UN chief: climate talks at ‘point of no return’

Right now: Save the Children says climate shocks threaten millions of people in Africa. © Getty

Is he right? The world’s biggest climate summit kicked off in Madrid yesterday, with 29,000 delegates from almost every nation. António Guterrez thinks this is our last shot to get it right.

“The point of no return is no longer over the horizon,” said António Guterrez, Secretary General of the United Nations (UN), as the global COP25 climate conference opened in Madrid yesterday.

Over two weeks, 29,000 delegates from every country on Earth will try to negotiate new targets for reducing carbon dioxide emissions, and put the words of the 2015 Paris Agreement into action.

To avoid irreversible damage, Guterrez is pushing for nations to agree to “immediately start reducing greenhouse gas emissions at a pace consistent to reaching carbon neutrality by 2050”.

Will this high-stakes meeting make a difference? Recent news has been worrying.

Just last week, a UN report revealed that, in 2018, global emissions from the electrical industry rose by 2% despite the international spotlight on the crisis.

Ahead of conference, dozens of islands that could soon be submerged by rising sea levels issued a desperate plea to more powerful nations to heed Guterrez’s warning.

“We see [these talks] as the last opportunity to take decisive action,” said Janine Felson, deputy chair of the Alliance of Small Island States (AOSIS).

Are we at a point of no return?

Last chance saloon

The UN said it last year. Guterrez repeated it yesterday. Time and time again, the science has shown that the climate crisis is not a slow and steady process. Very soon — or perhaps we area already there — global carbon emissions will reach a tipping point, after which the devastating effects of climate change will spiral. It is almost already too late.

But others insist that talk of a “point of no return” is meaningless, if not dangerous. Anything and everything we can do to limit the climate emergency will make a difference. If we start thinking that it is all too little, too late, then we are doomed to inaction.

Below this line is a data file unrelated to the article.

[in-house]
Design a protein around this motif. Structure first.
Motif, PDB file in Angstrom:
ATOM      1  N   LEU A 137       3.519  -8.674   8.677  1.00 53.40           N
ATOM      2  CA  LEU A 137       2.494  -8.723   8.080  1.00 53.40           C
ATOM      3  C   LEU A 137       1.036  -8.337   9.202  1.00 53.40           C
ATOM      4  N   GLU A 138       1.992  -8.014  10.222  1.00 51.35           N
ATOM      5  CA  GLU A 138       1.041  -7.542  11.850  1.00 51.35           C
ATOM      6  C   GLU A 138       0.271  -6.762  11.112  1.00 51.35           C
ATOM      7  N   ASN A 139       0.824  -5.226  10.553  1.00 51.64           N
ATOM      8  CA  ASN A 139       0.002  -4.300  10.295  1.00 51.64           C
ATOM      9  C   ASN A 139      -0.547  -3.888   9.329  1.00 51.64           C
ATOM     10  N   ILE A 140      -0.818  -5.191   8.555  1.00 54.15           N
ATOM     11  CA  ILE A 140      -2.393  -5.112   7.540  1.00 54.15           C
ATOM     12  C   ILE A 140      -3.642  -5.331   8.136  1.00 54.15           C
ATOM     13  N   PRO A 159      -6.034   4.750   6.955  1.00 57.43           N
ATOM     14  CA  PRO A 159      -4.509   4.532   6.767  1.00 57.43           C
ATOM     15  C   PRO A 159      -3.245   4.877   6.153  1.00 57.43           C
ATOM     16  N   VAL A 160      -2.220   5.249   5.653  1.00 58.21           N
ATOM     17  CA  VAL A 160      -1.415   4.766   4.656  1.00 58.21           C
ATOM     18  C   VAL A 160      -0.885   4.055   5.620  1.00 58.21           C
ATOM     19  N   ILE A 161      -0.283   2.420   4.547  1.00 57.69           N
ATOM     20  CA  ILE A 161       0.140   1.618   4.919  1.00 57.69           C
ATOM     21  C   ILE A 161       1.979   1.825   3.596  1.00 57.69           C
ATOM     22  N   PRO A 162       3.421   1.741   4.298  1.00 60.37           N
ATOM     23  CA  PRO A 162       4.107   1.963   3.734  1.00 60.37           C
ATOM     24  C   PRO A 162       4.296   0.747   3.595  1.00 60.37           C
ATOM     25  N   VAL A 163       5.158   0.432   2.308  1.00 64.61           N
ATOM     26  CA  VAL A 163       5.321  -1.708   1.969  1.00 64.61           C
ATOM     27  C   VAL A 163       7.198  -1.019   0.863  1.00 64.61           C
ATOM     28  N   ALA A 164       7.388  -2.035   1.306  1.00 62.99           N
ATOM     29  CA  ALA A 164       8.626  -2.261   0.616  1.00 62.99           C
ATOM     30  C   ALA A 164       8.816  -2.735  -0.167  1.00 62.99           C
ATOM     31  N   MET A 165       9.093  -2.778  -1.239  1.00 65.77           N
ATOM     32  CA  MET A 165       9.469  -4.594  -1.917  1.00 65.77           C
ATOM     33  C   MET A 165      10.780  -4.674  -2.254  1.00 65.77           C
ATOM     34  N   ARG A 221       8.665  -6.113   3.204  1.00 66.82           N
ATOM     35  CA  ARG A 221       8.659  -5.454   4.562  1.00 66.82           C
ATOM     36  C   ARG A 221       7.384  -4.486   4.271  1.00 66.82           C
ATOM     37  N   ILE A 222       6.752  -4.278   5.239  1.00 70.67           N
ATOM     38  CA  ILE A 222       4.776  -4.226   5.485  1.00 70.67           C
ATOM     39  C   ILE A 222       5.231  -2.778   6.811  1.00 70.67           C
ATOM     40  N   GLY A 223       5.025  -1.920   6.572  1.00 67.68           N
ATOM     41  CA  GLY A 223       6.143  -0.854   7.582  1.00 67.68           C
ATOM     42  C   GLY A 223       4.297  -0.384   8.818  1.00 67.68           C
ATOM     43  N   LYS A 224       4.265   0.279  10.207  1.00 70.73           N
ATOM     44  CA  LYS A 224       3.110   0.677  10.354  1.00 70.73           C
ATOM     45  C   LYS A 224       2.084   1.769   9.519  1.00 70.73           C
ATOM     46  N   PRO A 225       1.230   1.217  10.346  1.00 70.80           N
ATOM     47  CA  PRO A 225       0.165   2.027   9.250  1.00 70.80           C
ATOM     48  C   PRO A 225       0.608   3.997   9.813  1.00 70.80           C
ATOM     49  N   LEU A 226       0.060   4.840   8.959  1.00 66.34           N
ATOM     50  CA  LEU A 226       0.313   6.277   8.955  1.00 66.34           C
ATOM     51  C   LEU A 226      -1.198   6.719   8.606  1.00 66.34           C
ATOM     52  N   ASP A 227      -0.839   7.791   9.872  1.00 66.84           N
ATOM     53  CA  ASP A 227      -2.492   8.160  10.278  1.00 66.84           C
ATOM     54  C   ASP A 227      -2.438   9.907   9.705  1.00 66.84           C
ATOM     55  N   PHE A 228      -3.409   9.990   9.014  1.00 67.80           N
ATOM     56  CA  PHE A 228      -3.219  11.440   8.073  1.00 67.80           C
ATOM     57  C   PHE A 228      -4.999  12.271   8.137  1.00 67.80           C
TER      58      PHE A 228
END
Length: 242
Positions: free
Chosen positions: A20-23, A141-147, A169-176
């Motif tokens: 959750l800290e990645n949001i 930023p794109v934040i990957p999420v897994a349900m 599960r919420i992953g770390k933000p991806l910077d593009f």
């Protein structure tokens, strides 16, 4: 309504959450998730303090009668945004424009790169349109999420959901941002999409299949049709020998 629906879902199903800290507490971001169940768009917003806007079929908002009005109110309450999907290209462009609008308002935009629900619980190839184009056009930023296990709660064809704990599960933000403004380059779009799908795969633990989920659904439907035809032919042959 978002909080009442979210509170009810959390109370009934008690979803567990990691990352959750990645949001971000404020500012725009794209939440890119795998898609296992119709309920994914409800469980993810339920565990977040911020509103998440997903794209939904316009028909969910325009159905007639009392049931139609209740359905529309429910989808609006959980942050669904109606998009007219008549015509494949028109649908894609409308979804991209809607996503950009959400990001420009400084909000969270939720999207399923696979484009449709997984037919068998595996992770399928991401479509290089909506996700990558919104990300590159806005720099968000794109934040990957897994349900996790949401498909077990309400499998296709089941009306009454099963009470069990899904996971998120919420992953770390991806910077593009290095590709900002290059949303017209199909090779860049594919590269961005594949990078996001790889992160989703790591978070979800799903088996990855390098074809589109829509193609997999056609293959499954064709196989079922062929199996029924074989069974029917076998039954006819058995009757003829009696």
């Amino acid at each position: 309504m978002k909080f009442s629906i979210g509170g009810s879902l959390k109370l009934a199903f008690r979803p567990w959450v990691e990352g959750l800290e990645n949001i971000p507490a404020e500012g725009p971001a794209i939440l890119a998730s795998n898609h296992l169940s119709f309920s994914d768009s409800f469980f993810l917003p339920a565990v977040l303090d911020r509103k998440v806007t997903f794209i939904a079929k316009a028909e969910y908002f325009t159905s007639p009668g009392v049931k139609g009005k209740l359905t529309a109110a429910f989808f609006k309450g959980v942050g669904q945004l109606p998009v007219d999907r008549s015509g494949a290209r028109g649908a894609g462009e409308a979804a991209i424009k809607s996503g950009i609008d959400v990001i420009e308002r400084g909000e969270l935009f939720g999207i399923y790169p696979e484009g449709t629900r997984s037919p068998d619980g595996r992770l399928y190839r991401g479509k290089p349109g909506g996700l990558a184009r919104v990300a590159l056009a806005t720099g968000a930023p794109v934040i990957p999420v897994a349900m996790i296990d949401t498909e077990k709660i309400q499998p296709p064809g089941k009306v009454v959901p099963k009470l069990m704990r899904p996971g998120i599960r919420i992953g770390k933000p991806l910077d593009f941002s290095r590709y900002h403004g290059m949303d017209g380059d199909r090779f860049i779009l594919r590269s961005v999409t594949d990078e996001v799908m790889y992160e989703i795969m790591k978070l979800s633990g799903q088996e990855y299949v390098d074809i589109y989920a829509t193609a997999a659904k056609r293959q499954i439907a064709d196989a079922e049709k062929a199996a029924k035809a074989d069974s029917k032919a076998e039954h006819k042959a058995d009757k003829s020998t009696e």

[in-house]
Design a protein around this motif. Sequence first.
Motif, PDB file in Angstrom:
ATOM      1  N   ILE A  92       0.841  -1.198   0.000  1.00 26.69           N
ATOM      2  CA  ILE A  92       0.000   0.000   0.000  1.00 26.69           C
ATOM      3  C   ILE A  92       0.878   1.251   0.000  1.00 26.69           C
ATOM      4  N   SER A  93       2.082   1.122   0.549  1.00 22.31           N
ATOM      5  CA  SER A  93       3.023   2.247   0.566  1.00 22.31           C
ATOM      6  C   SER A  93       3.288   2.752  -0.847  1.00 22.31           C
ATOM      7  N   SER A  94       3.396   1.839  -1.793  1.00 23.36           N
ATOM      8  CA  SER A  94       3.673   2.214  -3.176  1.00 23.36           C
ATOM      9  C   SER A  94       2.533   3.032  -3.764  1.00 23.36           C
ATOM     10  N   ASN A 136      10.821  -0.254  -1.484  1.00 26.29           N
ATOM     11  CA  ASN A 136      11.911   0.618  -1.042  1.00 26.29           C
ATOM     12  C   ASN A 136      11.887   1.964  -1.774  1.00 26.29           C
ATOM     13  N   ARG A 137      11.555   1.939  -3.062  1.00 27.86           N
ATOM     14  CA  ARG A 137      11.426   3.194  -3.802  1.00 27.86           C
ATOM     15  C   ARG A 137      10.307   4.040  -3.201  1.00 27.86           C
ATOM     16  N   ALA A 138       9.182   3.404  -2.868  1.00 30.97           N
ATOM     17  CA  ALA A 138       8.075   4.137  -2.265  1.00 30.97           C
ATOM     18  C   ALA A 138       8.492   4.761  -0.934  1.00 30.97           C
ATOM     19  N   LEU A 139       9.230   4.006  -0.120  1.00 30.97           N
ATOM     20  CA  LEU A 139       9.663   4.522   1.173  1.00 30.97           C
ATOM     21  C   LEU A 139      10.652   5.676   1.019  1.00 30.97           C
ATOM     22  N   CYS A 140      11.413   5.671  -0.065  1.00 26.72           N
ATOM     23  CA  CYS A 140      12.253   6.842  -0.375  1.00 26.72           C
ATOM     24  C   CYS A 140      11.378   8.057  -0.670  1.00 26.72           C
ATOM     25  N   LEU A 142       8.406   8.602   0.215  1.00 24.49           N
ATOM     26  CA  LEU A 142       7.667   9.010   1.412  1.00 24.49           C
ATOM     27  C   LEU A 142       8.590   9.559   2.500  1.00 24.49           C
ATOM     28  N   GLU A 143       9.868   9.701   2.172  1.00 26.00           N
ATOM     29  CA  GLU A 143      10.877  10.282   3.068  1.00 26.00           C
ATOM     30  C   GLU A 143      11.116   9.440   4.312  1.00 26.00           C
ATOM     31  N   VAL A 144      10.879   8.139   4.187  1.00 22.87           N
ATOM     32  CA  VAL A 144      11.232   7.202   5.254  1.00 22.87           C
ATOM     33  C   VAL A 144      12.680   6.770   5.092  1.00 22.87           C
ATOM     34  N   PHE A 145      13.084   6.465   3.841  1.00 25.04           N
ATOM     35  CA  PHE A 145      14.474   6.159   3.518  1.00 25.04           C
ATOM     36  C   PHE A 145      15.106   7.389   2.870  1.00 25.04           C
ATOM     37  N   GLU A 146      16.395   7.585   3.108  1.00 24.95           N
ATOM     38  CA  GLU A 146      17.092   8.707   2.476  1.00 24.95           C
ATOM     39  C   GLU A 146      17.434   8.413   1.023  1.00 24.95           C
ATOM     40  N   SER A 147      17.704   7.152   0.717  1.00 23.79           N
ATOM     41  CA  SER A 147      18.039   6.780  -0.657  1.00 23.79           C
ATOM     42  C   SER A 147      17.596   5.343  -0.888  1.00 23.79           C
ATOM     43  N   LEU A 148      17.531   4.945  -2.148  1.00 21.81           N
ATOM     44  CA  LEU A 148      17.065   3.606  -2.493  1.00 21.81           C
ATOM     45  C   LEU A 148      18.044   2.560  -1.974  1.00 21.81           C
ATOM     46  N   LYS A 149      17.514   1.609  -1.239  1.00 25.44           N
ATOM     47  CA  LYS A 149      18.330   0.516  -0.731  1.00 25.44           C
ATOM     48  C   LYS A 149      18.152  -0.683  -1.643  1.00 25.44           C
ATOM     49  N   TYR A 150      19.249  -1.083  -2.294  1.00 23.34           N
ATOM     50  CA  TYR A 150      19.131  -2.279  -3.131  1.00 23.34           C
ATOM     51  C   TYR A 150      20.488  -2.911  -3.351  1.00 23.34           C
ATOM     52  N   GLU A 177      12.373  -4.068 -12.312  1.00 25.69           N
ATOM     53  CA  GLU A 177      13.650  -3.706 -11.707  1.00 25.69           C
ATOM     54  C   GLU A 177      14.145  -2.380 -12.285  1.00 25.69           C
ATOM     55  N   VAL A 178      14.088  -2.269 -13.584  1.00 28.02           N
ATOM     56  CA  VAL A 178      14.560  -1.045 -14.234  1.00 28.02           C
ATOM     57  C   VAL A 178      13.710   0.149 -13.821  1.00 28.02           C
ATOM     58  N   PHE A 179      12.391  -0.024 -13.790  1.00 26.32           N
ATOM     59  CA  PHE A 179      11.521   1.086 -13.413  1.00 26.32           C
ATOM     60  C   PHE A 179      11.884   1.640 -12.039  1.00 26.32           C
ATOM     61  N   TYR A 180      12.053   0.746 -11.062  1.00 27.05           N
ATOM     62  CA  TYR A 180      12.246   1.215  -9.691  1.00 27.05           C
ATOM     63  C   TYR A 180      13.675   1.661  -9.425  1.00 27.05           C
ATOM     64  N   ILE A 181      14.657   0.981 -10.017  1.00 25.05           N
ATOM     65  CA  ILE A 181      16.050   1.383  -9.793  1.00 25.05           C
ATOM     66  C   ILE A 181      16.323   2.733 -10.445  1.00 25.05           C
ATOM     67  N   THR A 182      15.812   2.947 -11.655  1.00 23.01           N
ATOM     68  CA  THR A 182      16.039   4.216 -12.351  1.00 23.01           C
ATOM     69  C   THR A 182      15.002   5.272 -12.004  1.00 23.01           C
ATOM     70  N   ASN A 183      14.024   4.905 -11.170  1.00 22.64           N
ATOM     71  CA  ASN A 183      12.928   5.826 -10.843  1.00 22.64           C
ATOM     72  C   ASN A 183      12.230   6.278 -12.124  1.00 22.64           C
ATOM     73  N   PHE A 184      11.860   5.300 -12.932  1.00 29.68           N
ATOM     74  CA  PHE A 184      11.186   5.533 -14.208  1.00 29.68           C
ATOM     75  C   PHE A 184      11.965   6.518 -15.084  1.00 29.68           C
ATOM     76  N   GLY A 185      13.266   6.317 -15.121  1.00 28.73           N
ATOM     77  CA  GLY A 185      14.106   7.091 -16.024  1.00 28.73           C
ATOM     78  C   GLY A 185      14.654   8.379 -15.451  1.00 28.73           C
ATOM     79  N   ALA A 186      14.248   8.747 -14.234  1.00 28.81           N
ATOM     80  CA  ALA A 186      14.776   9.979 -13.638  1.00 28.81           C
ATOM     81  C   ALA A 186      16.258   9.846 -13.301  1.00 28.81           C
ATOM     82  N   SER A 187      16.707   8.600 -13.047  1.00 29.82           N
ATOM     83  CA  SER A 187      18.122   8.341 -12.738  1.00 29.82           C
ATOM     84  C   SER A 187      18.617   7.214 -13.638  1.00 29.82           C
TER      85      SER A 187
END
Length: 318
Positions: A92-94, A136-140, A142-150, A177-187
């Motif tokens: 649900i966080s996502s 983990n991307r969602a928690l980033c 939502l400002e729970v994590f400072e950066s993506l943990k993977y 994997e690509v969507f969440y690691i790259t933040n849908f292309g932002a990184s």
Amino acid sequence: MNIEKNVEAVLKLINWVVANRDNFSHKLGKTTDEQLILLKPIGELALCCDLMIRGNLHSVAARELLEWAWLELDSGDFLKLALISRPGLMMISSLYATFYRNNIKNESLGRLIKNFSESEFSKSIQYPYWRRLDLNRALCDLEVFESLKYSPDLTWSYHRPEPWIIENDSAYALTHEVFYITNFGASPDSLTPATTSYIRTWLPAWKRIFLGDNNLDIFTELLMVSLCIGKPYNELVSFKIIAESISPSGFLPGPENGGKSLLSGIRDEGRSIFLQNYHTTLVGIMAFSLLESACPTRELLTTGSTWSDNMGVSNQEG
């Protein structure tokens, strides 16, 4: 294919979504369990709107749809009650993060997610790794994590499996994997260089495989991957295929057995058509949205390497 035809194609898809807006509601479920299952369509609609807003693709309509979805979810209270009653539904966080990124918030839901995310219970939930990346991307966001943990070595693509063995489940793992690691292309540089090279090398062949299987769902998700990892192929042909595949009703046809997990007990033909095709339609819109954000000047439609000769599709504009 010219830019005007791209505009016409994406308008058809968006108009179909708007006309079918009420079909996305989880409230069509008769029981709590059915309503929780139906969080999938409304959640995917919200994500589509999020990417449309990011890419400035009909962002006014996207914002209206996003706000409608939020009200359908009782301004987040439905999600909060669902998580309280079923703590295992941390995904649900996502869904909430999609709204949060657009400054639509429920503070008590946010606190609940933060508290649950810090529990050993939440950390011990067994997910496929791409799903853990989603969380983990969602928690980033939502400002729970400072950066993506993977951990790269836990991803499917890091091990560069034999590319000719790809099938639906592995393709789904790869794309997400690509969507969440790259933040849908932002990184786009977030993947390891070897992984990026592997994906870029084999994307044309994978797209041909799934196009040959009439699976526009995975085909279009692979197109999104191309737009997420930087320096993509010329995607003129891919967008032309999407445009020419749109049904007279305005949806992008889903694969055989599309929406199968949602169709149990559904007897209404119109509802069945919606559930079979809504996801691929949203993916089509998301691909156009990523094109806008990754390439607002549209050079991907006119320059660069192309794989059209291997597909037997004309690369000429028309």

You Decide

  1. Is it too late to stop the climate crisis?


  1. Make a list of the three most important things that should be discussed at COP25.

Some People Say...

“Right here, right now, is where we draw the line.”

Greta Thunberg, 16-year-old, Swedish climate activist

What do you think?

Q & A

What do we know?
The 25th Conference of the Parties, or COP25, which is run by the UN, started in Madrid yesterday.
What do we not know?
How much progress COP25 will make. All decisions at the summit must be unanimous, which means that climate-sceptic nations like Saudi Arabia, Brazil or even the USA have the power to slow down progress.

Word Watch

The 25th Conference of the Parties, which is held each year and attended by around 200 nations.
Reach a deal through talking.
2015 Paris Agreement
This deal commits its signatories to keep global warming below 2C and ideally below 1.5C.
Carbon neutrality
A country is carbon neutral when it removes as much carbon dioxide from the atmosphere as it produces.
Dozens of islands
The 44 states that are members of AOSIS released a joint statement.
Totally covered in water.
Pay attention to.

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